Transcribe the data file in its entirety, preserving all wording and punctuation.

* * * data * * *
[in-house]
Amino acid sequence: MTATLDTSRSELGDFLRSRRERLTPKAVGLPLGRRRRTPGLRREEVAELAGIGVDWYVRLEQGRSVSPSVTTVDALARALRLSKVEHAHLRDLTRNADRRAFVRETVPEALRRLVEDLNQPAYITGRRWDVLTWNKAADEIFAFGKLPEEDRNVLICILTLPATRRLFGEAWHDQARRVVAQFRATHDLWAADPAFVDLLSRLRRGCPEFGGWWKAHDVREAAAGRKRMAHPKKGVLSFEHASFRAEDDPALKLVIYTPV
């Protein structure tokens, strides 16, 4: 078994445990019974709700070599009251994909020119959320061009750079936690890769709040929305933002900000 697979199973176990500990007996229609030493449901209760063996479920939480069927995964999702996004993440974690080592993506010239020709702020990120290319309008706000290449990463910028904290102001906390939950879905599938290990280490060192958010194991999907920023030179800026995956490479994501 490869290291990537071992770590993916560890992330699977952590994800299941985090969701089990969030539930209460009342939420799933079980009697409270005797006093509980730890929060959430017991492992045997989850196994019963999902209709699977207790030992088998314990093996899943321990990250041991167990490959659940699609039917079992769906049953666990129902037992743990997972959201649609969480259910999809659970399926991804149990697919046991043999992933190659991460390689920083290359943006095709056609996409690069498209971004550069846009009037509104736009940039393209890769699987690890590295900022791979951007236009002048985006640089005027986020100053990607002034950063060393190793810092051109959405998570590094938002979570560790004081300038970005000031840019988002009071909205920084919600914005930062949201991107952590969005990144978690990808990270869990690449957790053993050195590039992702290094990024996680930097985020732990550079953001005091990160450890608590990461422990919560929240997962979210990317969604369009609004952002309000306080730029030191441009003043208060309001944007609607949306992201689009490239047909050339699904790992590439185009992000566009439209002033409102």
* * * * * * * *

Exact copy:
[in-house]
Amino acid sequence: MTATLDTSRSELGDFLRSRRERLTPKAVGLPLGRRRRTPGLRREEVAELAGIGVDWYVRLEQGRSVSPSVTTVDALARALRLSKVEHAHLRDLTRNADRRAFVRETVPEALRRLVEDLNQPAYITGRRWDVLTWNKAADEIFAFGKLPEEDRNVLICILTLPATRRLFGEAWHDQARRVVAQFRATHDLWAADPAFVDLLSRLRRGCPEFGGWWKAHDVREAAAGRKRMAHPKKGVLSFEHASFRAEDDPALKLVIYTPV
């Protein structure tokens, strides 16, 4: 078994445990019974709700070599009251994909020119959320061009750079936690890769709040929305933002900000 697979199973176990500990007996229609030493449901209760063996479920939480069927995964999702996004993440974690080592993506010239020709702020990120290319309008706000290449990463910028904290102001906390939950879905599938290990280490060192958010194991999907920023030179800026995956490479994501 490869290291990537071992770590993916560890992330699977952590994800299941985090969701089990969030539930209460009342939420799933079980009697409270005797006093509980730890929060959430017991492992045997989850196994019963999902209709699977207790030992088998314990093996899943321990990250041991167990490959659940699609039917079992769906049953666990129902037992743990997972959201649609969480259910999809659970399926991804149990697919046991043999992933190659991460390689920083290359943006095709056609996409690069498209971004550069846009009037509104736009940039393209890769699987690890590295900022791979951007236009002048985006640089005027986020100053990607002034950063060393190793810092051109959405998570590094938002979570560790004081300038970005000031840019988002009071909205920084919600914005930062949201991107952590969005990144978690990808990270869990690449957790053993050195590039992702290094990024996680930097985020732990550079953001005091990160450890608590990461422990919560929240997962979210990317969604369009609004952002309000306080730029030191441009003043208060309001944007609607949306992201689009490239047909050339699904790992590439185009992000566009439209002033409102």